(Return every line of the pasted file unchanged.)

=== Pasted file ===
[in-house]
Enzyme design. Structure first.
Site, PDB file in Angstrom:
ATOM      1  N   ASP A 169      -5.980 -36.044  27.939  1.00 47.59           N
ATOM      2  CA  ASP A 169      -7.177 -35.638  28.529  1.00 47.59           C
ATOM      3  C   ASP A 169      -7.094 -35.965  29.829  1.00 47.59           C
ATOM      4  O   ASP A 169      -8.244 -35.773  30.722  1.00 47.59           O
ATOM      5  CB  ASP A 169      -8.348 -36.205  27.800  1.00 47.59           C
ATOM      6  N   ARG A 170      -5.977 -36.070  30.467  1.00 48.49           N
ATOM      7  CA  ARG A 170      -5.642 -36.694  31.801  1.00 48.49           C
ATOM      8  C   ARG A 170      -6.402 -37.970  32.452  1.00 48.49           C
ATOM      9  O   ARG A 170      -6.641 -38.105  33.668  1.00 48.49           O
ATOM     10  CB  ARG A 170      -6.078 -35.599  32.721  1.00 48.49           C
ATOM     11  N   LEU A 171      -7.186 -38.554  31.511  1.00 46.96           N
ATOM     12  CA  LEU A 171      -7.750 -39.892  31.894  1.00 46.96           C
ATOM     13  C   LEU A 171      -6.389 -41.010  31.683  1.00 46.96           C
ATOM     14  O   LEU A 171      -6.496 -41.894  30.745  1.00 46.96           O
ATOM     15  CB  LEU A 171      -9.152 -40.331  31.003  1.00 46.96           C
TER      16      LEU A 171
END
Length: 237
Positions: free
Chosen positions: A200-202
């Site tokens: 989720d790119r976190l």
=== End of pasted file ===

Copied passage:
[in-house]
Enzyme design. Structure first.
Site, PDB file in Angstrom:
ATOM      1  N   ASP A 169      -5.980 -36.044  27.939  1.00 47.59           N
ATOM      2  CA  ASP A 169      -7.177 -35.638  28.529  1.00 47.59           C
ATOM      3  C   ASP A 169      -7.094 -35.965  29.829  1.00 47.59           C
ATOM      4  O   ASP A 169      -8.244 -35.773  30.722  1.00 47.59           O
ATOM      5  CB  ASP A 169      -8.348 -36.205  27.800  1.00 47.59           C
ATOM      6  N   ARG A 170      -5.977 -36.070  30.467  1.00 48.49           N
ATOM      7  CA  ARG A 170      -5.642 -36.694  31.801  1.00 48.49           C
ATOM      8  C   ARG A 170      -6.402 -37.970  32.452  1.00 48.49           C
ATOM      9  O   ARG A 170      -6.641 -38.105  33.668  1.00 48.49           O
ATOM     10  CB  ARG A 170      -6.078 -35.599  32.721  1.00 48.49           C
ATOM     11  N   LEU A 171      -7.186 -38.554  31.511  1.00 46.96           N
ATOM     12  CA  LEU A 171      -7.750 -39.892  31.894  1.00 46.96           C
ATOM     13  C   LEU A 171      -6.389 -41.010  31.683  1.00 46.96           C
ATOM     14  O   LEU A 171      -6.496 -41.894  30.745  1.00 46.96           O
ATOM     15  CB  LEU A 171      -9.152 -40.331  31.003  1.00 46.96           C
TER      16      LEU A 171
END
Length: 237
Positions: free
Chosen positions: A200-202
């Site tokens: 989720d790119r976190l």